David Bourget (Western Ontario)
David Chalmers (ANU, NYU)
Rafael De Clercq
Jack Alan Reynolds
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Kluwer Academic Publishers (2000)
This book draws its inspiration from Hilbert, Wittgenstein, Cavaillès and Lakatos and is designed to reconfigure contemporary philosophy of mathematics by making the growth of knowledge rather than its foundations central to the study of mathematical rationality, and by analyzing the notion of growth in historical as well as logical terms. Not a mere compendium of opinions, it is organised in dialogical forms, with each philosophical thesis answered by one or more historical case studies designed to support, complicate or question it. The first part of the book examines the role of scientific theory and empirical fact in the growth of mathematical knowledge. The second examines the role of abstraction, analysis and axiomatization. The third raises the question of whether the growth of mathematical knowledge constitutes progress, and how progress may be understood. Readership: Students and scholars concerned with the history and philosophy of mathematics and the formal sciences.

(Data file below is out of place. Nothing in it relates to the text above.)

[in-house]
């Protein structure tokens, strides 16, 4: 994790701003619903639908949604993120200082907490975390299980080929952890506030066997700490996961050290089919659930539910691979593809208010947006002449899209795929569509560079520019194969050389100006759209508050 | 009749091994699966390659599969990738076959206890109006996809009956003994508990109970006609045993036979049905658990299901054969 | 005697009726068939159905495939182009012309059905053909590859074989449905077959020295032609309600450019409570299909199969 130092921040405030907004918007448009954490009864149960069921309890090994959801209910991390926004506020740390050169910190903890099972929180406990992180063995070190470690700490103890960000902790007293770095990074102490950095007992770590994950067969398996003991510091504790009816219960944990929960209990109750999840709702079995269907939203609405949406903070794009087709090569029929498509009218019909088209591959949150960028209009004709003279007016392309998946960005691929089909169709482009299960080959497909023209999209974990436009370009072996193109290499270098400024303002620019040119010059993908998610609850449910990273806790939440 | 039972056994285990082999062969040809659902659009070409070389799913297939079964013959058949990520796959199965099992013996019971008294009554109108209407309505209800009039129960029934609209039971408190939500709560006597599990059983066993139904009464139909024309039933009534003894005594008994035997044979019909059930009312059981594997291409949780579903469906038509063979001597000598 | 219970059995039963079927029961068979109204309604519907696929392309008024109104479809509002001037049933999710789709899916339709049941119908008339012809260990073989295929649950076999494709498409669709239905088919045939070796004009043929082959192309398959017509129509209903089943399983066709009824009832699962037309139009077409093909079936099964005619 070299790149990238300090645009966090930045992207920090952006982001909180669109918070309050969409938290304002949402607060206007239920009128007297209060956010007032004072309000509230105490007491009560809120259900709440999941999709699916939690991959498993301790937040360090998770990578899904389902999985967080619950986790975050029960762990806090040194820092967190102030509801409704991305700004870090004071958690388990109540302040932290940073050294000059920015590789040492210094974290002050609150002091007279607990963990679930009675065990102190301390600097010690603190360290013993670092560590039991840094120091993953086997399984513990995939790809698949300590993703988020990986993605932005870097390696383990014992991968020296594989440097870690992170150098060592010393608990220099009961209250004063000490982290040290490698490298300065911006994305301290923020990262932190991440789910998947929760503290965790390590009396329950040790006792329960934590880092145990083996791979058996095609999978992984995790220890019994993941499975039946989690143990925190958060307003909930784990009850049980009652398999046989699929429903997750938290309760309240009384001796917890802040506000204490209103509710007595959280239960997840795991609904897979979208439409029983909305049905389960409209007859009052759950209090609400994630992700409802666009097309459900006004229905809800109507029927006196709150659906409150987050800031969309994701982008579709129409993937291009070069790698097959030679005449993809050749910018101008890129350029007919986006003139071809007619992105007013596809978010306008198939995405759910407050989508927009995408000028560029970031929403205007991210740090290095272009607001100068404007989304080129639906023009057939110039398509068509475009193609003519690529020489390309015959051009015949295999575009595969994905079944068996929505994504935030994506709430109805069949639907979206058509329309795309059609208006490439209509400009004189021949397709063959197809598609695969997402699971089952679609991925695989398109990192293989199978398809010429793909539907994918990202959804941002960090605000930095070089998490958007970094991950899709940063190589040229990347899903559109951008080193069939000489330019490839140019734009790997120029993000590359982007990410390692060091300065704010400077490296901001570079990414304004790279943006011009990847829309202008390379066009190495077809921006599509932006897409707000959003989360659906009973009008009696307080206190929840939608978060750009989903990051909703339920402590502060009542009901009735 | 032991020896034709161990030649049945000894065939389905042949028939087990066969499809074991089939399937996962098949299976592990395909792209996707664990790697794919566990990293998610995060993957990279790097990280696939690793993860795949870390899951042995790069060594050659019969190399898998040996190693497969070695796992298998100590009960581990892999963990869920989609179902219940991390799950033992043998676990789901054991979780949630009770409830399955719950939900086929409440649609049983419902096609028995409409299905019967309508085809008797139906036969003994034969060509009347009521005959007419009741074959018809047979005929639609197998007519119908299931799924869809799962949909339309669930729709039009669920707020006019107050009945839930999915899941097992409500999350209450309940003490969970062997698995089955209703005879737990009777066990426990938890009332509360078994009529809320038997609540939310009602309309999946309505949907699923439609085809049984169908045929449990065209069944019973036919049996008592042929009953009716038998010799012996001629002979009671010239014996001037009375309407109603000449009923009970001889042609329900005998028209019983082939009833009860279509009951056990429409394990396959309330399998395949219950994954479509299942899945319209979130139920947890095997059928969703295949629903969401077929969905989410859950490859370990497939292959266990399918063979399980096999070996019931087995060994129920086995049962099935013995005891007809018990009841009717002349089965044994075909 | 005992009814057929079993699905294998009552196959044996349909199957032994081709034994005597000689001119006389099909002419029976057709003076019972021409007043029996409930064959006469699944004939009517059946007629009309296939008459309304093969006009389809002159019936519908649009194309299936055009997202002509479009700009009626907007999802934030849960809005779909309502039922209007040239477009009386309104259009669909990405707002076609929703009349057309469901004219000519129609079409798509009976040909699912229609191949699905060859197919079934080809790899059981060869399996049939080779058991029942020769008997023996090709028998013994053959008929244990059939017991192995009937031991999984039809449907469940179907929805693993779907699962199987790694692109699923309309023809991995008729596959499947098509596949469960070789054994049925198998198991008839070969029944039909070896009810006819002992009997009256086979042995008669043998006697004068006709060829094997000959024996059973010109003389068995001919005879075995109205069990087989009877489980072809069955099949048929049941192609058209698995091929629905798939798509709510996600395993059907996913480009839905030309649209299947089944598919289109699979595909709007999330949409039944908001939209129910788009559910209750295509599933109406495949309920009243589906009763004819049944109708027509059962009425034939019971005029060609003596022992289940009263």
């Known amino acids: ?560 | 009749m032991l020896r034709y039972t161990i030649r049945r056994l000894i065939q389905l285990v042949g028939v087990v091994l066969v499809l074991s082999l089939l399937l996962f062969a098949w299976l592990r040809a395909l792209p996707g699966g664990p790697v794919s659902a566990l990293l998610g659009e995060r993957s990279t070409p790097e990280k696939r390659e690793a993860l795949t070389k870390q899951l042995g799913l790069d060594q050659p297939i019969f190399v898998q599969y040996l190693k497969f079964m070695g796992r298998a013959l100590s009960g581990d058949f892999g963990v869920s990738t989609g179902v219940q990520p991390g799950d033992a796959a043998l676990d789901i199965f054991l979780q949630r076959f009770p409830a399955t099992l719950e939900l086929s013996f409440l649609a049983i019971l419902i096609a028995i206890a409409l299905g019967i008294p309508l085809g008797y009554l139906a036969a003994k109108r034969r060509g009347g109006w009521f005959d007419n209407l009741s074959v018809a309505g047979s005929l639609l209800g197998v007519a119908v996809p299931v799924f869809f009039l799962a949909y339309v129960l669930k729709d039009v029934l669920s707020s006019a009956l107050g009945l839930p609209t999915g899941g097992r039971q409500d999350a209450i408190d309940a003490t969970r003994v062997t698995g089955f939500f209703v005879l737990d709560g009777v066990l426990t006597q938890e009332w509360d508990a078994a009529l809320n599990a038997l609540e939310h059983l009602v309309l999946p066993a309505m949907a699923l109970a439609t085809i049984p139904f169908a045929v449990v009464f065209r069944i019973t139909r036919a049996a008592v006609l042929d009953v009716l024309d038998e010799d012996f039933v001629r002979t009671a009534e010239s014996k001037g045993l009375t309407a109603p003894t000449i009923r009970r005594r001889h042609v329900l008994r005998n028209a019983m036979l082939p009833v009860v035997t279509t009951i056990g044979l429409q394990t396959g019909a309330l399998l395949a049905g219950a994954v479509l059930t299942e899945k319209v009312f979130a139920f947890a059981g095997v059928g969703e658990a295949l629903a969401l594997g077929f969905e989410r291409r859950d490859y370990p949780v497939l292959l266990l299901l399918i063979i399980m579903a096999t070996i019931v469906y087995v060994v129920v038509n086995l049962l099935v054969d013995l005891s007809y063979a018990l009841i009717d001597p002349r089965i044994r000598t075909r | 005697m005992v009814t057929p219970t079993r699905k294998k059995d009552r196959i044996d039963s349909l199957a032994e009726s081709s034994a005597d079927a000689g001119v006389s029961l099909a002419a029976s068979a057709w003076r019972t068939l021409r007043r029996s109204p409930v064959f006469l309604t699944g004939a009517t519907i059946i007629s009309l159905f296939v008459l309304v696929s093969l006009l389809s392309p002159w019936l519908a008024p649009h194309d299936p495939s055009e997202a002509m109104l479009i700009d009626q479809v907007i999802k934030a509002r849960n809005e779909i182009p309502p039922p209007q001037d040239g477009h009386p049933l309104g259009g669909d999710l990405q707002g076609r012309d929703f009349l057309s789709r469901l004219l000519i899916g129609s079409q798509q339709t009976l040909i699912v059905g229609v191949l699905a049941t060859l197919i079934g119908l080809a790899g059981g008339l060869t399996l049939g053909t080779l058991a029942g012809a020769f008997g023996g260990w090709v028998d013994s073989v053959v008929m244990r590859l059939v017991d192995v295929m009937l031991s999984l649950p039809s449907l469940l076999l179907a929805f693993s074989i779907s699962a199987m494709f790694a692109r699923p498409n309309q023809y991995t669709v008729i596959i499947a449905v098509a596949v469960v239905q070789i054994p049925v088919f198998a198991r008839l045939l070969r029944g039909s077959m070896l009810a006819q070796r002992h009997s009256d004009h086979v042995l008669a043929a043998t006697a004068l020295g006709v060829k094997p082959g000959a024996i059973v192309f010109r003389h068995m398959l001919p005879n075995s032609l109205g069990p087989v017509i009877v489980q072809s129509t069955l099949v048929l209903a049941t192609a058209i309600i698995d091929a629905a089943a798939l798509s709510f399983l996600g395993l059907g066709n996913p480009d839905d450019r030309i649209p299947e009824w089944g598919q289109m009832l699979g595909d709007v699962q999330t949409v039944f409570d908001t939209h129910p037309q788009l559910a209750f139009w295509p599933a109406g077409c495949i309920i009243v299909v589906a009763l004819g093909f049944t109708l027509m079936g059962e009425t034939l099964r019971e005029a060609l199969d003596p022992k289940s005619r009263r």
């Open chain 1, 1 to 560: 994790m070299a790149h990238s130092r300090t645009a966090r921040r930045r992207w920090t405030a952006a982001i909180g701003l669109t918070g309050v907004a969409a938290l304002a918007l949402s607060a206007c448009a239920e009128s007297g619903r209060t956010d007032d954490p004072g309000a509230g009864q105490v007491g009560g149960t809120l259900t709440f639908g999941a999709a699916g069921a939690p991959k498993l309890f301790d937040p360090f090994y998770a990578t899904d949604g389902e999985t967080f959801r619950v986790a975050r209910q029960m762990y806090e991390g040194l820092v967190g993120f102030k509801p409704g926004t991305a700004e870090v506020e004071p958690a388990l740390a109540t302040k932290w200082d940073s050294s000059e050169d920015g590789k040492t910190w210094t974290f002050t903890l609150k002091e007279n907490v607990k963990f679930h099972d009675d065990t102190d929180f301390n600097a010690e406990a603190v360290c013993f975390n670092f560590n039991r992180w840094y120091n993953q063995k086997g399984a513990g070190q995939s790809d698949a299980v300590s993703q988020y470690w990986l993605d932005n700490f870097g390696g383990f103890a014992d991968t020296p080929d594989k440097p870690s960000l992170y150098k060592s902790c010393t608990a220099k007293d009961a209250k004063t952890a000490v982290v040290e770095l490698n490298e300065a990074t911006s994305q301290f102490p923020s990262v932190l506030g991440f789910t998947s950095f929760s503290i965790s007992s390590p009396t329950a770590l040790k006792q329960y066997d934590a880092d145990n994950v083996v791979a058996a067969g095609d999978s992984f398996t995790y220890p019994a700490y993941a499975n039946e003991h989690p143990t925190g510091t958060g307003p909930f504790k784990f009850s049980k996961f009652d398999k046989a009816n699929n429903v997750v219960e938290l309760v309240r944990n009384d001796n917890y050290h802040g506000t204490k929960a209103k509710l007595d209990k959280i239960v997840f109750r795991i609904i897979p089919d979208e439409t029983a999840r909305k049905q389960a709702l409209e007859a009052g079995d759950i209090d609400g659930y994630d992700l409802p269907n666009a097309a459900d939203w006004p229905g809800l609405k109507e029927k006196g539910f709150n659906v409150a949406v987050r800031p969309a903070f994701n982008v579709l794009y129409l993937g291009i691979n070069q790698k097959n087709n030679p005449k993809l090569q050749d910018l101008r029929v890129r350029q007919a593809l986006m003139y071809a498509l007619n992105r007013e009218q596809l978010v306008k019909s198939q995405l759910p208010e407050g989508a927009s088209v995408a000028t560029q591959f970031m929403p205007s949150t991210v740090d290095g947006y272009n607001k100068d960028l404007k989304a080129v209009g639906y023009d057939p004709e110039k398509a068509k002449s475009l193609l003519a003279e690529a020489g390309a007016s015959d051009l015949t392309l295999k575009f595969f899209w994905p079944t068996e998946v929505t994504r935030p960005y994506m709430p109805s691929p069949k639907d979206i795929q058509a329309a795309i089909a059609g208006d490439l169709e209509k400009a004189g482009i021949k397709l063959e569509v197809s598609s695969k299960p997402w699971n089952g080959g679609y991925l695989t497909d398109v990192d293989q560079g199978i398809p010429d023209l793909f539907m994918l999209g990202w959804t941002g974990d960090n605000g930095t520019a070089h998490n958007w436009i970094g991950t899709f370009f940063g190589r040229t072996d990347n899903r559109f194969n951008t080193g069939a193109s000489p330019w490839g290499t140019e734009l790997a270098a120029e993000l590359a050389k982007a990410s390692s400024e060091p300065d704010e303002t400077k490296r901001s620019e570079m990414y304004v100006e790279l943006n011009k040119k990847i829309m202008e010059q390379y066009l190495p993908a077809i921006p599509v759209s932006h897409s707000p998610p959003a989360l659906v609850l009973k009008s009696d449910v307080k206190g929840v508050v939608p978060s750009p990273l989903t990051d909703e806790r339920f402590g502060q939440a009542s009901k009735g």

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|Call number||QA8.4.G76 2000|
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Brendan Larvor (2012). How to Think About Informal Proofs. Synthese 187 (2):715-730.
Brendan Larvor (2008). What Can the Philosophy of Mathematics Learn From the History of Mathematics? Erkenntnis 68 (3):393 - 407.
Jessica Carter (2013). Handling Mathematical Objects: Representations and Context. Synthese 190 (17):3983-3999.
Michèle Friend (2010). Confronting Ideals of Proof with the Ways of Proving of the Research Mathematician. Studia Logica 96 (2):273-288.
Mark Zelcer (2013). Against Mathematical Explanation. Journal for General Philosophy of Science 44 (1):173-192.
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